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Comparison of two sweat test systems for the diagnosis of cystic fibrosis in newborns


Rueegg, Corina S; Kuehni, Claudia E; Gallati, Sabina; Jurca, Maja; Jung, Andreas; Casaulta, Carmen; Barben, Juerg; Swiss Cystic Fibrosis Screening Group (2019). Comparison of two sweat test systems for the diagnosis of cystic fibrosis in newborns. Pediatric Pulmonology, 54(3):264-272.

Abstract

OBJECTIVES
In the national newborn screening programme for CF in Switzerland, we compared the performance of two sweat test methods, by investigating the feasibility and diagnostic performance of the Macroduct collection method (with chloride mesurement) and Nanoduct test (measuring conductivity) for diagnosing CF.

STUDY-DESIGN
We included all newborns with a positive screening result between 2011 and 2015 who were referred to a CF-centre for sweat testing. In the CF-centre, a Macroduct and Nanoduct sweat test were performed simultaneously. If sweat test results were positive or borderline, a DNA analysis was performed. Final diagnosis was based on genetic mutations.

RESULTS
Over 5 years, 445 children were screened positive and in 413 (114 with CF) at least one sweat test was performed (median age at first test, 22 days); both tests were performed in 371 children. A sweat test result was more often available with the Nanoduct compared to the Macroduct (79 vs 60%, P < 0.001). The Nanoduct was equally sensitive as the Macroduct in identifying newborns with CF (sensitivity 98 vs 99%) but less specific (specificity 79 vs 93%; P-value comparing ROC curves = 0.033).

CONCLUSIONS
This national multicentre study revealed high failure rates for Macroduct and Nanoduct in newborns in real life practice. While this needs to be addressed, our results suggested that performing the Nanoduct in addition to the Macroduct might speed up the diagnostic process because it more often yields valid results with comparable diagnostic performance. The addition of the Nanoduct sweat test can therefore help to reduce the stressful time of uncertainty for parents and to start appropriate treatment earlier.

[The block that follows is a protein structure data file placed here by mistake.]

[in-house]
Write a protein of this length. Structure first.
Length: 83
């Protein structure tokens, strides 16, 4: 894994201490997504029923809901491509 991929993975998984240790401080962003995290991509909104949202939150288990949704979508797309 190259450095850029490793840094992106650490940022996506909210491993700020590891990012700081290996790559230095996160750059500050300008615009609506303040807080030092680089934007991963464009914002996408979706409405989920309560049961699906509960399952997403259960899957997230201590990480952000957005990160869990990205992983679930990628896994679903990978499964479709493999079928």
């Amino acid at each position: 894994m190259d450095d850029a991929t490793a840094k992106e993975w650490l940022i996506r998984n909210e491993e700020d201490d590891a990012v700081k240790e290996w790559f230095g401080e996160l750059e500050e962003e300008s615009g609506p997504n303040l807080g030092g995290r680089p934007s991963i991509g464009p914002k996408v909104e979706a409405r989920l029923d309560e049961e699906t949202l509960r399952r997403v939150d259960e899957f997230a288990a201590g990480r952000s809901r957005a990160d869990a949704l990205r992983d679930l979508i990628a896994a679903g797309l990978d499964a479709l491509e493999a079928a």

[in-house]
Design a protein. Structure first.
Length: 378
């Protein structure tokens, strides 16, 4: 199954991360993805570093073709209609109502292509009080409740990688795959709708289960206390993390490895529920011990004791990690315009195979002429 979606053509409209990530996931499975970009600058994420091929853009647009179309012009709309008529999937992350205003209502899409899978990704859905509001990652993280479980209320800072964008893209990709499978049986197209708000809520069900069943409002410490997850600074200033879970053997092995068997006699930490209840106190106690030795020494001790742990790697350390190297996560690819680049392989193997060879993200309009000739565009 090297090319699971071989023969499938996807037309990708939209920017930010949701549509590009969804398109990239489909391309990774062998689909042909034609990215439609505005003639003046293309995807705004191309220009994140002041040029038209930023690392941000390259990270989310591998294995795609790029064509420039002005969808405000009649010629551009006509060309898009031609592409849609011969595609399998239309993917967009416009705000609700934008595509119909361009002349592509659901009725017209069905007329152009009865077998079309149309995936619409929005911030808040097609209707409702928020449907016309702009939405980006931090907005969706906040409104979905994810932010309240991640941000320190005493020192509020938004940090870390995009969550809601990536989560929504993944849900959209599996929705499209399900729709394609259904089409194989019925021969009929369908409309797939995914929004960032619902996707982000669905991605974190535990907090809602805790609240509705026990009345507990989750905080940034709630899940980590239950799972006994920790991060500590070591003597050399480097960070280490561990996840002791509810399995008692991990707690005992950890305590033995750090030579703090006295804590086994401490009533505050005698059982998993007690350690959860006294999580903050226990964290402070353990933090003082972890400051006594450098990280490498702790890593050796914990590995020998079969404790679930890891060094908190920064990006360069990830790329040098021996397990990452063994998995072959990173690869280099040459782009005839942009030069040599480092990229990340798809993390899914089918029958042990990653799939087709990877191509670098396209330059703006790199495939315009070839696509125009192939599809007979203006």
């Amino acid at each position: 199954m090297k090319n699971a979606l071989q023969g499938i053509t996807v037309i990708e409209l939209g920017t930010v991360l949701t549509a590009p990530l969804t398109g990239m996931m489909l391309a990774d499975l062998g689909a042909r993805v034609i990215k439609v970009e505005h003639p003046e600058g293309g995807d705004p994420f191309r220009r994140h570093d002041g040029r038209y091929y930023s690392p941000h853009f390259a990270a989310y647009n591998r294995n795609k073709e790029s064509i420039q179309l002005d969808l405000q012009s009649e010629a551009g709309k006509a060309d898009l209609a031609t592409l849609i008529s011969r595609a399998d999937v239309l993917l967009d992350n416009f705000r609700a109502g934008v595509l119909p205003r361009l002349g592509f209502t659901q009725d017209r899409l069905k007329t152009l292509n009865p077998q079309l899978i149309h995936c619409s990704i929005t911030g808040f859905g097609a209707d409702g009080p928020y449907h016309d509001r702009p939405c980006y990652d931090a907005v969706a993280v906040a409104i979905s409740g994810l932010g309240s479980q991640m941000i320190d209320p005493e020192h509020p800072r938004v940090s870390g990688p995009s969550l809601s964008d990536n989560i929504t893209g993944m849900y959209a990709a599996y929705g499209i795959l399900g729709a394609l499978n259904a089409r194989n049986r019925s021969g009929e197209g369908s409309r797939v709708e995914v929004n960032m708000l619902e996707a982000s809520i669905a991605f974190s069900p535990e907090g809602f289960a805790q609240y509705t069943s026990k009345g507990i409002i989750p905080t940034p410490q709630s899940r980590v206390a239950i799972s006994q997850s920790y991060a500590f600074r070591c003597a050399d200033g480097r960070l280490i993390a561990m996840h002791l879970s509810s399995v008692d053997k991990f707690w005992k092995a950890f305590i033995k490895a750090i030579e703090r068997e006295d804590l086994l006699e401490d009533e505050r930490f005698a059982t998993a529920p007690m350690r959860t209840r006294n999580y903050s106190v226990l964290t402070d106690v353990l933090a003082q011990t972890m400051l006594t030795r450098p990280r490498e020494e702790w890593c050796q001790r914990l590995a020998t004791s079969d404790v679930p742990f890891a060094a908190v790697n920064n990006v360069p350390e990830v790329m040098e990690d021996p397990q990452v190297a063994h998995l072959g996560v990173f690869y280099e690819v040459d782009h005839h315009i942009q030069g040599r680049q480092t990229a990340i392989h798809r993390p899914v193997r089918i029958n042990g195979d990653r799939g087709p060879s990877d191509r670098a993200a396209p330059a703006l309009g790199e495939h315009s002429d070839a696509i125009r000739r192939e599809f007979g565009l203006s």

Abstract

OBJECTIVES
In the national newborn screening programme for CF in Switzerland, we compared the performance of two sweat test methods, by investigating the feasibility and diagnostic performance of the Macroduct collection method (with chloride mesurement) and Nanoduct test (measuring conductivity) for diagnosing CF.

STUDY-DESIGN
We included all newborns with a positive screening result between 2011 and 2015 who were referred to a CF-centre for sweat testing. In the CF-centre, a Macroduct and Nanoduct sweat test were performed simultaneously. If sweat test results were positive or borderline, a DNA analysis was performed. Final diagnosis was based on genetic mutations.

RESULTS
Over 5 years, 445 children were screened positive and in 413 (114 with CF) at least one sweat test was performed (median age at first test, 22 days); both tests were performed in 371 children. A sweat test result was more often available with the Nanoduct compared to the Macroduct (79 vs 60%, P < 0.001). The Nanoduct was equally sensitive as the Macroduct in identifying newborns with CF (sensitivity 98 vs 99%) but less specific (specificity 79 vs 93%; P-value comparing ROC curves = 0.033).

CONCLUSIONS
This national multicentre study revealed high failure rates for Macroduct and Nanoduct in newborns in real life practice. While this needs to be addressed, our results suggested that performing the Nanoduct in addition to the Macroduct might speed up the diagnostic process because it more often yields valid results with comparable diagnostic performance. The addition of the Nanoduct sweat test can therefore help to reduce the stressful time of uncertainty for parents and to start appropriate treatment earlier.

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Additional indexing

Item Type:Journal Article, refereed, original work
Communities & Collections:04 Faculty of Medicine > University Children's Hospital Zurich > Medical Clinic
Dewey Decimal Classification:610 Medicine & health
Scopus Subject Areas:Health Sciences > Pediatrics, Perinatology and Child Health
Health Sciences > Pulmonary and Respiratory Medicine
Language:English
Date:1 March 2019
Deposited On:23 Jan 2019 14:16
Last Modified:29 Jul 2020 08:56
Publisher:Wiley-Blackwell Publishing, Inc.
ISSN:1099-0496
OA Status:Closed
Publisher DOI:https://doi.org/10.1002/ppul.24227
PubMed ID:30609259

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